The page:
Maurice Carlos Ruffin
You Can Run
Near the edge of the French Market canopy, a cannon blasted. The wave of humanity in front of Clarke burbled out of the gate. Eventually, a path cleared, and he moved at a brisk pace, too brisk a pace. He couldn’t run the whole thing that fast; he wouldn’t last more than a couple of miles, but he didn’t slow. The cold air emboldened him.
A girl in thigh socks streaked past; a boy broke free of the crowd to redo his laces. Clarke regarded a demolished skyscraper. It was once a bank. But now it was a seven-story tall pile of steel and pounce. At mile eight, a twinge ripped through his body. But he didn’t stop, and the pain subsided. Around the thirteen-mile marker, he saw Tammy Pham’s back. She wore a pink shirt with a violin decal across the back. Clarke sped up. But she dashed forward, and soon he lost sight of her. Between miles eighteen and nineteen, his wrist monitor said that he’d been loping along for over twenty hours and that his heart rate was below zero. He flung the monitor into a garden fountain. Wind chimes sang. The sun had not changed positions in the sky, and his movement was effortless.
Many runners bobbed ahead of him, but many more faded behind. With two miles to go, Clarke ambled through the stone arch at City Park. He smelled algae blooms, and butterflies flitted across a murky pond to his right. A miniature train—the same one he often rode as a child—tooted along the perimeter. Smoke frolicked from its yellow smokestack. He had taken Penny on that train once. He wished he had taken her more than once. That time, she wore an orange dress and matching jelly shoes, a lace ribbon dangling from her hair. He imagined how she might look at that moment, a beautiful young woman, circling the park in the caboose, waving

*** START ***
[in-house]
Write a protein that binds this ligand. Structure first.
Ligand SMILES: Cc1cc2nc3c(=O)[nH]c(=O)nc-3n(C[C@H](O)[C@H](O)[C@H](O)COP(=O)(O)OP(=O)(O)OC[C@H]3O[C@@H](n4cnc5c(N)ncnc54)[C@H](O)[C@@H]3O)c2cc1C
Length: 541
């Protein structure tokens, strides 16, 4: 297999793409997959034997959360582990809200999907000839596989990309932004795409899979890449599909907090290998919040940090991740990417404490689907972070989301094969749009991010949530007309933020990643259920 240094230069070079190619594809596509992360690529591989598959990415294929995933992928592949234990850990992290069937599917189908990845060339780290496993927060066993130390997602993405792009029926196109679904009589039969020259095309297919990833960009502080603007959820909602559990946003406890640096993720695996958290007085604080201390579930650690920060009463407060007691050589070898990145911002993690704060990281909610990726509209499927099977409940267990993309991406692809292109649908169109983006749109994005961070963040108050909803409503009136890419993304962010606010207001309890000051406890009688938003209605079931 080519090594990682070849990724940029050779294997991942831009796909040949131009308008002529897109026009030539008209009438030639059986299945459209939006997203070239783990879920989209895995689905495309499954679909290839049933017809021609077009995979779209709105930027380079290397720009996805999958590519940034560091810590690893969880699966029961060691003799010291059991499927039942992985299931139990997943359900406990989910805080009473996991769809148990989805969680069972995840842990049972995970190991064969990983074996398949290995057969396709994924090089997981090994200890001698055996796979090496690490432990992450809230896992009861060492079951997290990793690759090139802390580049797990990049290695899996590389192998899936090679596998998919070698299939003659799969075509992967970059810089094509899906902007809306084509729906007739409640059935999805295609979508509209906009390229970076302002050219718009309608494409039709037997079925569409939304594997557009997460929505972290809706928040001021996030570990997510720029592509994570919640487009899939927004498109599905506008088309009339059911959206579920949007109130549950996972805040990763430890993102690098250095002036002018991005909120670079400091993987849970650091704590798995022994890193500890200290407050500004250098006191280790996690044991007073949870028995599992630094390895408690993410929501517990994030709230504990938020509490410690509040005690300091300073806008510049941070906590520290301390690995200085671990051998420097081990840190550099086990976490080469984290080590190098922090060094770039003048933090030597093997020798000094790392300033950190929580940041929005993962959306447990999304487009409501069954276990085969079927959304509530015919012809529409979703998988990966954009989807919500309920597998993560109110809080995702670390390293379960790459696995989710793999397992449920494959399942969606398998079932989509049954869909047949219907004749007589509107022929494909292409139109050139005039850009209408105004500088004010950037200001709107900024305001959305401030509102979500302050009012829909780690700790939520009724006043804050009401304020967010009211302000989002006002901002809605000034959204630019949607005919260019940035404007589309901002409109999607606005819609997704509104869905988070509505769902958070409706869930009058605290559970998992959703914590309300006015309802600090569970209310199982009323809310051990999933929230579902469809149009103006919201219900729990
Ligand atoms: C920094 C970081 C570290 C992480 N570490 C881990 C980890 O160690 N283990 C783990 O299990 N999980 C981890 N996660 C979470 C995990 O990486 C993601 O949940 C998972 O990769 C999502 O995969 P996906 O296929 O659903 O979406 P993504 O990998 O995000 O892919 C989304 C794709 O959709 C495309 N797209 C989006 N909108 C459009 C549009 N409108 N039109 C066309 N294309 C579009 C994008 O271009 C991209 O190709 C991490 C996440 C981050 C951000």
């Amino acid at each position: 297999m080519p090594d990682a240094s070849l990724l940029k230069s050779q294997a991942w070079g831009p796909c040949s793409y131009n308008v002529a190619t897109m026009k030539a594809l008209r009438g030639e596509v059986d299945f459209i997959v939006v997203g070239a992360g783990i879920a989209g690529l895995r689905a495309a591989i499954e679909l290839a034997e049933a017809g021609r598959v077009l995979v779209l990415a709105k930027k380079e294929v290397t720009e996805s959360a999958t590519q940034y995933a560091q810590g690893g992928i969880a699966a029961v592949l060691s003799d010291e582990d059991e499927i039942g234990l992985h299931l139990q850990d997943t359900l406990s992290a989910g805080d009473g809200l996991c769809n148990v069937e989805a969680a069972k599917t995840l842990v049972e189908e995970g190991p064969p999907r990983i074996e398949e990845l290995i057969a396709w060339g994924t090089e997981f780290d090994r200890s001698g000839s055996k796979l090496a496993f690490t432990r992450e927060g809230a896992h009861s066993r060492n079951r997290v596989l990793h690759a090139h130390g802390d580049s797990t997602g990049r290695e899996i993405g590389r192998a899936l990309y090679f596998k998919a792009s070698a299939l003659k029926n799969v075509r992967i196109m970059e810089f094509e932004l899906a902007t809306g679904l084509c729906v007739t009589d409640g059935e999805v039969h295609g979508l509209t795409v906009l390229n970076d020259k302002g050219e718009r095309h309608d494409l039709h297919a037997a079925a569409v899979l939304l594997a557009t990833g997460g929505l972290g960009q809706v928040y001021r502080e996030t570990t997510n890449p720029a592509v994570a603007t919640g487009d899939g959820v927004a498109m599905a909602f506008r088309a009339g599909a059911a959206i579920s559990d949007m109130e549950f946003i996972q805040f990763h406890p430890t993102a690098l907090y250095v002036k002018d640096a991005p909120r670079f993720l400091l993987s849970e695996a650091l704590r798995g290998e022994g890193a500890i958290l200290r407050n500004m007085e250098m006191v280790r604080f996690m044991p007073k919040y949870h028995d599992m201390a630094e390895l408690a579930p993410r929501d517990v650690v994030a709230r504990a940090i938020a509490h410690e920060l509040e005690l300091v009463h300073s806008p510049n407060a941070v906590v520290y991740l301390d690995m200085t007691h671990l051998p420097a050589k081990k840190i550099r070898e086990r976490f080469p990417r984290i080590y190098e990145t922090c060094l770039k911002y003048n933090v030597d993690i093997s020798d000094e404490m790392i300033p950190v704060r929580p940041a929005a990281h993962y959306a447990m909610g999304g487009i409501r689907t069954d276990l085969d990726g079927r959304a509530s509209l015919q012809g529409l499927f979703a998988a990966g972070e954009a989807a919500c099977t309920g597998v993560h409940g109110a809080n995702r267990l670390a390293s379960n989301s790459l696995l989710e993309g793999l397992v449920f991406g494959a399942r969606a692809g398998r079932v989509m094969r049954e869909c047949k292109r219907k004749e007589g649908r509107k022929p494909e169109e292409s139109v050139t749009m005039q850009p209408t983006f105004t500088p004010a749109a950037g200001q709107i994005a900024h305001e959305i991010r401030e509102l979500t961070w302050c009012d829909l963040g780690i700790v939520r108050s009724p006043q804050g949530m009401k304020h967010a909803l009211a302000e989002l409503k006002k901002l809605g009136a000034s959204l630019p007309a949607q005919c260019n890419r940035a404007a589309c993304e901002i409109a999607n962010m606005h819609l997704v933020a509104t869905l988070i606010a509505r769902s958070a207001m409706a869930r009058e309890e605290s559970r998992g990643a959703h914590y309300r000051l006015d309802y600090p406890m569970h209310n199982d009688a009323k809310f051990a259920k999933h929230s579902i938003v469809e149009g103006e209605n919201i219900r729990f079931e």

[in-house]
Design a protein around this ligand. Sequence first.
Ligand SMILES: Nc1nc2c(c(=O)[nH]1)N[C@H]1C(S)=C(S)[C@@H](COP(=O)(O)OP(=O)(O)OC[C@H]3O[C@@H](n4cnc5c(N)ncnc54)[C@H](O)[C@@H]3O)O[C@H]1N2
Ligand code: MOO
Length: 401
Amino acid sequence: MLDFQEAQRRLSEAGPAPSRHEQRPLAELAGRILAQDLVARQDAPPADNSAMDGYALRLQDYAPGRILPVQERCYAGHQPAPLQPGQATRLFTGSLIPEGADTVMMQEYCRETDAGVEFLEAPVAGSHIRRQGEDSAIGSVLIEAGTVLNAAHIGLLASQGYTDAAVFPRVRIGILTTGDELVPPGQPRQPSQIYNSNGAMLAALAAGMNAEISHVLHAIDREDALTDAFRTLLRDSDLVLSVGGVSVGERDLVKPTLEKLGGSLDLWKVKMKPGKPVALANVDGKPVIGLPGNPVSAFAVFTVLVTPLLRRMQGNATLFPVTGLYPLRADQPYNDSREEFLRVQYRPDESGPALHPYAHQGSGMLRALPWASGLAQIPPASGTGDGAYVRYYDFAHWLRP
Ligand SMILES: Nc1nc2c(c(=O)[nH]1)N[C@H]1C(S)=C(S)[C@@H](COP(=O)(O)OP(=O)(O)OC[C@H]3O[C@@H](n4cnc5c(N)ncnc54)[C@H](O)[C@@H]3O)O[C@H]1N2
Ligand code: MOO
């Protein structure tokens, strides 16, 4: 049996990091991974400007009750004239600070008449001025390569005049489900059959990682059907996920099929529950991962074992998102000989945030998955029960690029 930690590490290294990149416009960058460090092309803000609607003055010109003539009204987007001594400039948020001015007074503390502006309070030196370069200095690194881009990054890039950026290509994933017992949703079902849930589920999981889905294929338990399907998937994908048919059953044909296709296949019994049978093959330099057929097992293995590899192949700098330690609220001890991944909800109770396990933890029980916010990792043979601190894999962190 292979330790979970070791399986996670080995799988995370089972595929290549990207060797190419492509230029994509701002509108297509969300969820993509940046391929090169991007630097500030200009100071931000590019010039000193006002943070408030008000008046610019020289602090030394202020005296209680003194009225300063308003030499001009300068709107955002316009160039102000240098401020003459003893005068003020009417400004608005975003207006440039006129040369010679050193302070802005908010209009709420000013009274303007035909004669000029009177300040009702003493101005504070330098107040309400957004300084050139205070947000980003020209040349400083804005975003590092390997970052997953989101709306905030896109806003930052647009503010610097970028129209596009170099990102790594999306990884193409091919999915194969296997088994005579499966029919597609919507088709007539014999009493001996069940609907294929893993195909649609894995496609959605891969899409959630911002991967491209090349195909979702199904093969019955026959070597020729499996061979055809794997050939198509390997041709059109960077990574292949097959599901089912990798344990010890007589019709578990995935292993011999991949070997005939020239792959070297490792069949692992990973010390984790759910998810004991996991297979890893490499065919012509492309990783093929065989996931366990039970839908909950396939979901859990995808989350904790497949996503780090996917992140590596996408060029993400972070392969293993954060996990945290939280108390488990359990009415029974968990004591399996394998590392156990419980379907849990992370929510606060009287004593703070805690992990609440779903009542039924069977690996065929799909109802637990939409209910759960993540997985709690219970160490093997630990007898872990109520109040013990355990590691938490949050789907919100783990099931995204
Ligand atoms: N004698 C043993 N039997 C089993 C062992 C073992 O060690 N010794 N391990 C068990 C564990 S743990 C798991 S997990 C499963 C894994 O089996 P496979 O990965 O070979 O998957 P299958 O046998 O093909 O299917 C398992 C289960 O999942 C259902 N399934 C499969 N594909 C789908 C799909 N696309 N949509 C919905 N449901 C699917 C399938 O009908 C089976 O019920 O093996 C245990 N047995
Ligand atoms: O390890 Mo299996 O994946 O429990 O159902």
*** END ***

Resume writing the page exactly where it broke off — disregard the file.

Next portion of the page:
at him and shouting, “Hi, Daddy!” And what if his mother, dead for a decade, sat hand in hand with Penny? Wouldn’t he like to join them on the train if he could? How could he have been so foolish? His life was so full of blessings when he was younger, but it all trickled away with time. If only he could go back to his first days with Vonetia and give her the kind of partnership she deserved.
He rallied on. The city museum loomed before him. Its marble columns meant the journey was nearly complete. On the rear steps of the building, he saw a familiar face, those curves, those cheeks, Vonetia! He stopped and threw his arms up to hug her, but held back. He didn’t want to foul her; he was disgusting with sweat.
“Boy,” she said. “Hug me.” And he did. They backed away from each other.
“Go on now.” She pointed up the lane. Not far away people jumped and clapped as their loved ones passed the finish line.
“I’ve run enough,” he lied.
“Go!” Vonetia shoved him.
Clarke glanced back at her as he jogged away. The love of his life never seemed so radiant as then. “Forgive me,” he mouthed as their distance grew. The race clock blinked in the distance. He might make his time if he hurried.
Maurice Carlos Ruffin's "You Can Run" can be read in the print edition of The Arkansas International 2.
Maurice Carlos Ruffin's work has appeared in AGNI, Kenyon Review, Callaloo, Massachusetts Review, LitHub, and Virginia Quarterly Review. He is the winner of the Iowa Review Fiction Award and the William Faulkner Competition for Novel in Progress. Ruffin’s novel We Cast a Shadow will be published by One World Random House in January 2019. He is a member of the Peauxdunque Writers Alliance.